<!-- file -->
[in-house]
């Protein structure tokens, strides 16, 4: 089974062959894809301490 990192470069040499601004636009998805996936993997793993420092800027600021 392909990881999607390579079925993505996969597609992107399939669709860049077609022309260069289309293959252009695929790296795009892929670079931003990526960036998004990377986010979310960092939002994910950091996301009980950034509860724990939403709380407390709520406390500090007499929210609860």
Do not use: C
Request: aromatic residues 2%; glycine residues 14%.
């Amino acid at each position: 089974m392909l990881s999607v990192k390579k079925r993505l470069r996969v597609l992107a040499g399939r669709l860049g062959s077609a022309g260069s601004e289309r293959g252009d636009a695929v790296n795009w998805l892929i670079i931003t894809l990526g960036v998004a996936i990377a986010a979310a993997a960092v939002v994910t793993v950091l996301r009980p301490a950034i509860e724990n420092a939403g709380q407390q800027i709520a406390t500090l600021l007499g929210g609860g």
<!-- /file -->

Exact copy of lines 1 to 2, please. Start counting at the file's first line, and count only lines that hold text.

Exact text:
[in-house]
């Protein structure tokens, strides 16, 4: 089974062959894809301490 990192470069040499601004636009998805996936993997793993420092800027600021 392909990881999607390579079925993505996969597609992107399939669709860049077609022309260069289309293959252009695929790296795009892929670079931003990526960036998004990377986010979310960092939002994910950091996301009980950034509860724990939403709380407390709520406390500090007499929210609860």